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Stomach and esophageal cancer care

Comprehensive prevention, detection and treatment for people with stomach, esophagus, upper gastrointestinal and small bowel cancer

Allina Health offers a complete range of care aimed at preventing, detecting and treating cancers of the stomach, esophagus, upper GI tract and small bowel.

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What it is

Cancer of the upper gastrointestinal (GI) tract includes stomach, esophagus and small bowel cancers. These cancers usually develop slowly and may go undetected for many years. Changes often happen first in the inner lining of your stomach and esophagus. Most of these are adenocarcinomas. Cancer can develop in other places within the stomach and esophagus with different symptoms.

Symptoms of stomach cancer include:

  • anemia
  • bloody or tarry stools    
  • chronic diarrhea or constipation
  • discomfort in your upper abdomen
  • feeling full or bloated after a small meal
  • indigestion and heartburn
  • loss of appetite
  • nausea and vomiting
  • unintended weight loss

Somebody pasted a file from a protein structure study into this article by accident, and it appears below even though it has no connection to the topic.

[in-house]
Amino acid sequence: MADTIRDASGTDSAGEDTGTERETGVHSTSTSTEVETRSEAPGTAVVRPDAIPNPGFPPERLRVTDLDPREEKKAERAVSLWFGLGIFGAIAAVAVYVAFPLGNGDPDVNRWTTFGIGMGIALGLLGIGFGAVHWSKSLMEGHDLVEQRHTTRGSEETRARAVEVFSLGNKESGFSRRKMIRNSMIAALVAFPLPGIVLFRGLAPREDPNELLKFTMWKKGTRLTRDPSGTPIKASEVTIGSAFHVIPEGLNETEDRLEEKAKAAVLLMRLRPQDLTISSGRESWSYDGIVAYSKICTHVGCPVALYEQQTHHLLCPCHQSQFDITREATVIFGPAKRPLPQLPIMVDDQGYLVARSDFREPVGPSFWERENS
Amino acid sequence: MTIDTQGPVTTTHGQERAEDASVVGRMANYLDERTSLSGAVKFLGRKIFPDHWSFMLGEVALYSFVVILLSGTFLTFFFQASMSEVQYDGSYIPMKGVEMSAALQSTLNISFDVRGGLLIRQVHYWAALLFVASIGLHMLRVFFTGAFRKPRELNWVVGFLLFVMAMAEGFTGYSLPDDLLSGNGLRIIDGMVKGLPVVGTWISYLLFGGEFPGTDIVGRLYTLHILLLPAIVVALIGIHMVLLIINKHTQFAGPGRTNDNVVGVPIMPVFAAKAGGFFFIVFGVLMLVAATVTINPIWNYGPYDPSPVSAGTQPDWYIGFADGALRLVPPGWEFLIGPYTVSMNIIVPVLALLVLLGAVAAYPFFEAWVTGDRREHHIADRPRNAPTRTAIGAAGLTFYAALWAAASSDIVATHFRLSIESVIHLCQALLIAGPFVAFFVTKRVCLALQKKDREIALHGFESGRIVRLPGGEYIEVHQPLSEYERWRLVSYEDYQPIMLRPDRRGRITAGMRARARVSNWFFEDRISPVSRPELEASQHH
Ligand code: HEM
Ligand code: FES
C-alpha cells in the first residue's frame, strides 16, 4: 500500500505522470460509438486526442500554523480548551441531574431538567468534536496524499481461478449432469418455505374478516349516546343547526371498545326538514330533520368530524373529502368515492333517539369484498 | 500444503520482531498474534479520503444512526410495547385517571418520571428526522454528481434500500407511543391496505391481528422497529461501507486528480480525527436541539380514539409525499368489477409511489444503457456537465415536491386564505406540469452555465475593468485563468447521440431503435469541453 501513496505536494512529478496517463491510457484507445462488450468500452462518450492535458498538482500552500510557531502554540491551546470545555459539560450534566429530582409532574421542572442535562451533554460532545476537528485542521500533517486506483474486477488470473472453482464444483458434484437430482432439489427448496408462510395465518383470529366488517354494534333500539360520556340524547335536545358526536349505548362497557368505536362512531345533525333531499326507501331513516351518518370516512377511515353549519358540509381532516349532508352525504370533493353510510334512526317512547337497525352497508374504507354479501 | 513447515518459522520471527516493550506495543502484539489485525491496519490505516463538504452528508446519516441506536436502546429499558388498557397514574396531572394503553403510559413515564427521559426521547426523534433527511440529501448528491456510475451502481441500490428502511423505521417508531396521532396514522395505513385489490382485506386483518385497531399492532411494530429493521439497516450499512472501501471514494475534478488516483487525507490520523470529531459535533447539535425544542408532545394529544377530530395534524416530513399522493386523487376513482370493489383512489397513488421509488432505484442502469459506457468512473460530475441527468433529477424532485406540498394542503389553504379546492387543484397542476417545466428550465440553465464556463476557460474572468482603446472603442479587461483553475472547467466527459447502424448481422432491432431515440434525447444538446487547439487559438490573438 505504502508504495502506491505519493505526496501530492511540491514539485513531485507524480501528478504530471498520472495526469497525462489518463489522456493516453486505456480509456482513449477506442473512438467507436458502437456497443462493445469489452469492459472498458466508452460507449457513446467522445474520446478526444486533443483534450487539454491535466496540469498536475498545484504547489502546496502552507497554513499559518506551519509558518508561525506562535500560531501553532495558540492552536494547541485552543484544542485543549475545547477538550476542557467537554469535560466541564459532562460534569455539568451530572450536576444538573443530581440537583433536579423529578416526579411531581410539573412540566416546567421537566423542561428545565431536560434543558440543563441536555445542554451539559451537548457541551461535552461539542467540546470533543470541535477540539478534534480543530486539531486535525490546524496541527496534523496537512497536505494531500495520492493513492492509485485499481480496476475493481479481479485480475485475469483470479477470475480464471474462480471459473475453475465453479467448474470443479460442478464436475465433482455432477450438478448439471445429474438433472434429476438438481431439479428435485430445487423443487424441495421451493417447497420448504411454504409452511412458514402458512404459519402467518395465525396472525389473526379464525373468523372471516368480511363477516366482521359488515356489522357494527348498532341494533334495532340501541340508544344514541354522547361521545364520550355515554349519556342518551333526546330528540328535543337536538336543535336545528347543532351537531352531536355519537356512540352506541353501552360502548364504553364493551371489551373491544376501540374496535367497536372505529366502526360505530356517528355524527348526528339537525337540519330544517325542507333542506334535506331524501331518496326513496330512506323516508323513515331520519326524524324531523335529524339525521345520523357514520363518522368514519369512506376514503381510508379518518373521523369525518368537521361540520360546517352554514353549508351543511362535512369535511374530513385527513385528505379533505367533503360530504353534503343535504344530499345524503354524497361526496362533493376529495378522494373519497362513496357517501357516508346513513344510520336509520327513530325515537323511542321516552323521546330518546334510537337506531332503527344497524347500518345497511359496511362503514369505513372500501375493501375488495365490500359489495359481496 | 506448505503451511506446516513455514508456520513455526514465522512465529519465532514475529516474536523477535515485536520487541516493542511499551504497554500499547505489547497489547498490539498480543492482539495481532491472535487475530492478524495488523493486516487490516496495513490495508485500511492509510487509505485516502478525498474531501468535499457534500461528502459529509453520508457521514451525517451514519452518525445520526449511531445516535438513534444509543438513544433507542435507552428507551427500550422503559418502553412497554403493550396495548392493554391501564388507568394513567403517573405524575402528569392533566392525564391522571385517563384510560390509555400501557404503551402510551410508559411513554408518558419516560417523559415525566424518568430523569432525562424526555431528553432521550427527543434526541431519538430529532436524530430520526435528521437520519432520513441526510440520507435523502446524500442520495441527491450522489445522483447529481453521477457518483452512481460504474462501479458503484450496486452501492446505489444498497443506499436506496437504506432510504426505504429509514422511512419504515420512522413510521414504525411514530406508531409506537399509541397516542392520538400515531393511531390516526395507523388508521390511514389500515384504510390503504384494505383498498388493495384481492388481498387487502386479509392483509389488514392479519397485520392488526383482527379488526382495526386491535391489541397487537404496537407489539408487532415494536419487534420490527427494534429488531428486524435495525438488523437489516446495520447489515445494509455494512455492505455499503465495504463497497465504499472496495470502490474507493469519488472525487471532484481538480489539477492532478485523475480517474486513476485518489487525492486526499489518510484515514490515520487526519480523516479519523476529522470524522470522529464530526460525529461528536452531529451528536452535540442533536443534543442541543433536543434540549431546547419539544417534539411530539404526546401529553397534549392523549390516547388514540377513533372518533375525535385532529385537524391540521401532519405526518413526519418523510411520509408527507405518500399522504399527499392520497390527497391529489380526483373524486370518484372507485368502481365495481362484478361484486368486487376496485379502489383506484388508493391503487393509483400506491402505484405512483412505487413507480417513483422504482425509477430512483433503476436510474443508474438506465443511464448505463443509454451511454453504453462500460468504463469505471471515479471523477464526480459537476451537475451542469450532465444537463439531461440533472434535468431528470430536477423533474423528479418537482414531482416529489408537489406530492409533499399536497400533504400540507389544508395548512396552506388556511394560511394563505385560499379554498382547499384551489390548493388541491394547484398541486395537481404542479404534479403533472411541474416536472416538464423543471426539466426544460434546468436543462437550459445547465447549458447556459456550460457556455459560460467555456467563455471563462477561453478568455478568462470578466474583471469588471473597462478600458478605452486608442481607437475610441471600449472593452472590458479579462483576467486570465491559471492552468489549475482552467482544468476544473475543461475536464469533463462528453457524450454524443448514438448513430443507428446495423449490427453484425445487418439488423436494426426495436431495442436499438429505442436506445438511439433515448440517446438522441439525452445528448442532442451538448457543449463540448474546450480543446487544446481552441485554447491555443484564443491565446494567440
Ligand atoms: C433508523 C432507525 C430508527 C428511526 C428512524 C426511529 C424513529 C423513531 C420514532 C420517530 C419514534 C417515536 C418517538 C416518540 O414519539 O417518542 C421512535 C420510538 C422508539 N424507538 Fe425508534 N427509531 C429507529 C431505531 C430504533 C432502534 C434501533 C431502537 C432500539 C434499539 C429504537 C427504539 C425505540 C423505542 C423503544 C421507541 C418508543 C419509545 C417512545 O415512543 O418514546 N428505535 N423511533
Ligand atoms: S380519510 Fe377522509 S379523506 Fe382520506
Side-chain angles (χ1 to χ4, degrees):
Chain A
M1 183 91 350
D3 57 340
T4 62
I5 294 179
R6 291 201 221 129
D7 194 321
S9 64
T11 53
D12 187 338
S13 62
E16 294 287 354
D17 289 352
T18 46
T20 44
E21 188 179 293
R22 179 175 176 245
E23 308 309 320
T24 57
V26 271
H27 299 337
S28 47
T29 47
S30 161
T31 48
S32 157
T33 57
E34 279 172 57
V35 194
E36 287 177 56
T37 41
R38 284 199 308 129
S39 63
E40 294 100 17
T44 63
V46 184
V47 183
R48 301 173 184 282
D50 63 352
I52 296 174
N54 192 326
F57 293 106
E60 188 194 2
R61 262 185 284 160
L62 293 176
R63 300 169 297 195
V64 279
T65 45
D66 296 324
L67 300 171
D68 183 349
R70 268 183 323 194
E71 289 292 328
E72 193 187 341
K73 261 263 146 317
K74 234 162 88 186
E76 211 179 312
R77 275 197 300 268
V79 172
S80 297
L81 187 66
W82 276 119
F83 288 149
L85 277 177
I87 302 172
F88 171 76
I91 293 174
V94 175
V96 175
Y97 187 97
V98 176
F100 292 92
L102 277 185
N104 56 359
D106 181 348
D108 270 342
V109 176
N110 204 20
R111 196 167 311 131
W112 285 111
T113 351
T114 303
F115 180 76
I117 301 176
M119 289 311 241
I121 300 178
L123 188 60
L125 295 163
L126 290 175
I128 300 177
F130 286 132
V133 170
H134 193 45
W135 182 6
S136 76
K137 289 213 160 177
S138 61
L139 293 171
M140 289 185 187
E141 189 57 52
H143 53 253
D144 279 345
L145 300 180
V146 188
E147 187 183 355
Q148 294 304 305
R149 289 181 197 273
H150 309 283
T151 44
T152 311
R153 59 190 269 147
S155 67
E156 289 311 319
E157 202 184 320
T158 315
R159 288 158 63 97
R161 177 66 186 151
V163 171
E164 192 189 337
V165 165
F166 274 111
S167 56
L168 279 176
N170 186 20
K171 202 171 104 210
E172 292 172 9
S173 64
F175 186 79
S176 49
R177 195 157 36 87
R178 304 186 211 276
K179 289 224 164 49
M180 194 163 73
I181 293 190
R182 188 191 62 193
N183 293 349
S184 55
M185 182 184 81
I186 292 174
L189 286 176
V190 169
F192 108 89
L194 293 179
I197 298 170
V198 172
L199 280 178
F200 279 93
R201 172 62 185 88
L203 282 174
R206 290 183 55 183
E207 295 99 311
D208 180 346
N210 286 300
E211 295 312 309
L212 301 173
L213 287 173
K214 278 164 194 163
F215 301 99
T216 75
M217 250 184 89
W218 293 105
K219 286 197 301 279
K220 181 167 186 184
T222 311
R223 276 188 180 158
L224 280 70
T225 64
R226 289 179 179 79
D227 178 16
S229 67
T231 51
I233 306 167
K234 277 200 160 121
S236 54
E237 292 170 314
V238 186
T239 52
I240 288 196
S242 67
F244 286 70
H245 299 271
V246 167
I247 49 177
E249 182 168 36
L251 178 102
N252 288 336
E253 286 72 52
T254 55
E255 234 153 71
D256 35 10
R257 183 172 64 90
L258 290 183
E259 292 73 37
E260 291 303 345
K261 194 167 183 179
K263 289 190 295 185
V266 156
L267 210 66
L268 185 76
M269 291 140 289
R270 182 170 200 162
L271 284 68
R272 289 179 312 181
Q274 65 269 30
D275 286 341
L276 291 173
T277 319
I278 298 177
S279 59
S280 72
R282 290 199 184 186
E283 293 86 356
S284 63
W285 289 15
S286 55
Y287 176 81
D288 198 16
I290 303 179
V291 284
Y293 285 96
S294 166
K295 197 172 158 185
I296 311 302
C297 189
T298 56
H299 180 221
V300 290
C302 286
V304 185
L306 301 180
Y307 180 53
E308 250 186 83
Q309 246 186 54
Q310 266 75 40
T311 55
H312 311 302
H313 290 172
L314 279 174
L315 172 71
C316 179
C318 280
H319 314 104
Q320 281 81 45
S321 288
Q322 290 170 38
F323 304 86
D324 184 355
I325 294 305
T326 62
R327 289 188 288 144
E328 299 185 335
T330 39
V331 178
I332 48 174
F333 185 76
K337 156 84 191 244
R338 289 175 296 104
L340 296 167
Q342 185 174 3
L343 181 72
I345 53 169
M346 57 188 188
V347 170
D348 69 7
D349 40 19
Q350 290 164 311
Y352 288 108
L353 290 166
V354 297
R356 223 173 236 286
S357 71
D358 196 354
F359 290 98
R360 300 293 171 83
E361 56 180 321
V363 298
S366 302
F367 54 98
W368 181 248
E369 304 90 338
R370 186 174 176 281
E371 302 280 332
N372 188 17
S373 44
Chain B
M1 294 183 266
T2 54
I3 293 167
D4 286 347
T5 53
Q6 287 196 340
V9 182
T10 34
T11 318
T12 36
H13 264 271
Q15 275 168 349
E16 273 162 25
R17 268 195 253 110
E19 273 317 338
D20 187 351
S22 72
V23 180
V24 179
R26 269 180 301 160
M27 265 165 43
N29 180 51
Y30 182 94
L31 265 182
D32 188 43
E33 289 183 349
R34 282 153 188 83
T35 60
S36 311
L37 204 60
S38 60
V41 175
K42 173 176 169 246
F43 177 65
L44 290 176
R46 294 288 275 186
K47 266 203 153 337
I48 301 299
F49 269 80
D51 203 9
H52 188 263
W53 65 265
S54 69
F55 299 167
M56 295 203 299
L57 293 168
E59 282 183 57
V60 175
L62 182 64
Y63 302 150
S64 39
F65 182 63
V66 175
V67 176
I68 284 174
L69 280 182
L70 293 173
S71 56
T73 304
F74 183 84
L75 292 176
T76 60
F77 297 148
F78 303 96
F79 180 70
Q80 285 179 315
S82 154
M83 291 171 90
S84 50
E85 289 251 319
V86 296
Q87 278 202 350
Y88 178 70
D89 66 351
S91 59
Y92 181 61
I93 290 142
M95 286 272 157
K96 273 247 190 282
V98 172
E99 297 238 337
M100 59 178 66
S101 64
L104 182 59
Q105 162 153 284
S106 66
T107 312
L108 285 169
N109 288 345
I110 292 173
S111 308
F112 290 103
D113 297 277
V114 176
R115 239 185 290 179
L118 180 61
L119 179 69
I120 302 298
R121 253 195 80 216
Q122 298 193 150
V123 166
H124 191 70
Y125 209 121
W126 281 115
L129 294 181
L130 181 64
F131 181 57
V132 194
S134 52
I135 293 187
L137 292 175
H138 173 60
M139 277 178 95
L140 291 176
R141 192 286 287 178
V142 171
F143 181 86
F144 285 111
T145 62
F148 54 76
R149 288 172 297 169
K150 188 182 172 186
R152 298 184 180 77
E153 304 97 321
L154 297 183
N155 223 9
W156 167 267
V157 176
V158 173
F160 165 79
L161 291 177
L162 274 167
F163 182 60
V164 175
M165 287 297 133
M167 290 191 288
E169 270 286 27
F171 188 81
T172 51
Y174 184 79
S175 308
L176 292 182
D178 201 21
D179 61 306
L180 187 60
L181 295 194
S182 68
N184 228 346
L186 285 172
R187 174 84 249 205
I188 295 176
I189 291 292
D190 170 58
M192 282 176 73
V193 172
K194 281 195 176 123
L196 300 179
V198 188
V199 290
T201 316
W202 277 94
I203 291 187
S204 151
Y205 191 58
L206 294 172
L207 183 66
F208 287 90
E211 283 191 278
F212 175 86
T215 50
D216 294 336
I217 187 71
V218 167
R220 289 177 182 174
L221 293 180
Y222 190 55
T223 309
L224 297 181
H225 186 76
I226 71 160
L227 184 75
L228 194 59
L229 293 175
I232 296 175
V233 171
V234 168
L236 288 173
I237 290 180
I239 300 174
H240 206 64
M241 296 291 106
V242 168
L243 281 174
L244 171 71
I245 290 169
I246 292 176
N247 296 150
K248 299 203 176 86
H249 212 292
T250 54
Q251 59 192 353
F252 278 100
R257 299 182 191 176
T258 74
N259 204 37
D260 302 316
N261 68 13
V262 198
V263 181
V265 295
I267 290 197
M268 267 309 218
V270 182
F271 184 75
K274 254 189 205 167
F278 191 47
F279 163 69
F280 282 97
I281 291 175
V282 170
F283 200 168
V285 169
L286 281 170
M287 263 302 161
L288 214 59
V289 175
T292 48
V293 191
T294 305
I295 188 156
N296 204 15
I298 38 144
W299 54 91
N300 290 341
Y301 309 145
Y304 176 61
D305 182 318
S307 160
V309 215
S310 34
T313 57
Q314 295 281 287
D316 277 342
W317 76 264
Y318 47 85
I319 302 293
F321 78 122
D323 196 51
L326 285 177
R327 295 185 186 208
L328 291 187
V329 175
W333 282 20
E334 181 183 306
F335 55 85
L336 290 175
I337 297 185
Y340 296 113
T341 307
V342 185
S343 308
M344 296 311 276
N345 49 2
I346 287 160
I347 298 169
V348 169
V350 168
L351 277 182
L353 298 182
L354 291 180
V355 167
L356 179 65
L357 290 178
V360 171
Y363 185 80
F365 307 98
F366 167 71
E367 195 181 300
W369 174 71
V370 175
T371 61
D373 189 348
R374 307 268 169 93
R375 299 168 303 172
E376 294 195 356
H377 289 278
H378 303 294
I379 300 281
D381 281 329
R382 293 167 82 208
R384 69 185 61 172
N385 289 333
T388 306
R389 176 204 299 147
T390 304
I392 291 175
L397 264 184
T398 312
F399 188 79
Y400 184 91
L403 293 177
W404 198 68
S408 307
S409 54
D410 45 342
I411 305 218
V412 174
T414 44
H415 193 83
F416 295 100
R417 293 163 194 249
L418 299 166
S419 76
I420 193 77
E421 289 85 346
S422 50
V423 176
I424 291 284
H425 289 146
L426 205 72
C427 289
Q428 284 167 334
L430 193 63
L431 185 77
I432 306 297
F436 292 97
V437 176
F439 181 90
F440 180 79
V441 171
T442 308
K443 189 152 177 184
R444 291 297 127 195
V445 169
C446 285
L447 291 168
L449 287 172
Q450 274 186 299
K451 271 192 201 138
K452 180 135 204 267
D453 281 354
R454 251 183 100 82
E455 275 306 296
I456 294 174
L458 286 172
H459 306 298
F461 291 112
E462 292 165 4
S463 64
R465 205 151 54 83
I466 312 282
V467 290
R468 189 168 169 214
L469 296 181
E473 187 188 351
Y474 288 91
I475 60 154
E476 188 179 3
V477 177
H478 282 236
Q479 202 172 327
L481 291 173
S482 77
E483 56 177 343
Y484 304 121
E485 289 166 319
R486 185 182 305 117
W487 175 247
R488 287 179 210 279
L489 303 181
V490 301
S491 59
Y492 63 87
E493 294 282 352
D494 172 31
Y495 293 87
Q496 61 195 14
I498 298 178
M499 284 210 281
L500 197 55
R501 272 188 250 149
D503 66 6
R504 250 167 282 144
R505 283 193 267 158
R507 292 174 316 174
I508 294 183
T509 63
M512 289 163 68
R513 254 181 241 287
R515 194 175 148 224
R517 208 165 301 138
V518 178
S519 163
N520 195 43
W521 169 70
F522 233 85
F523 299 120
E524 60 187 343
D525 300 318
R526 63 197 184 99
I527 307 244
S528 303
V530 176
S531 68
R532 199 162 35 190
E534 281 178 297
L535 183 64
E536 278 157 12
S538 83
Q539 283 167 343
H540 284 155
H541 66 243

Signs of esophageal cancer include:

  • chronic cough
  • difficult or painful swallowing (dysphagia)
  • high levels of calcium in the blood
  • hoarseness
  • pain, pressure or burning in the throat or chest
  • persistent hiccups

Good for preventing

Screening and prevention:

  • Avoid smoking and use of smokeless tobacco.
  • Consult with your doctor to treat chronic heartburn/GERD, or if you have a family history of esophageal or stomach cancer.
  • Drink in moderation
  • Lose weight and eat a balanced diet rich in vegetables and fruits.
  • Wash your hands before eating or after using the bathroom to avoid H pylori, the bacteria that causes most ulcers.

Good for detecting

Diagnosis

If your doctor suspects you may have stomach cancer you likely will be referred for one or more of these tests:

  • barium swallow
  • biopsy
  • blood work
  • bronchoscopy
  • chest X-ray
  • CT scan of the chest and abdomen
  • EGD (esophagogastroduodenoscopy) with biopsy
  • endoscopic ultrasound
  • MRI
  • other diagnostic tests
  • PET scan

If your doctor suspects you may have esophageal cancer, you may be referred for one or more of these tests:

  • bronchoscopy
  • CT scan
  • endoscopic ultrasound (EUS) or enso sonography
  • esophagoscopy
  • laryngoscopy
  • MRI
  • PET
  • thoracoscopy
  • video endoscopy
  • X-ray

Treatment

Your cancer care team will work with you to develop your cancer treatment plan. The plan is unique to your medical diagnosis, pathology and preferences.  Your plan could include any of these cancer treatment options.

  • chemotherapy
  • radiation therapy
  • surgery

Together, you and your health care team will create an individualized plan based on your health, your cancer stage and your needs.

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Source: Allina Health
Reviewed by: Melissa Walls

First published: 5/28/2019
Last reviewed: 5/28/2019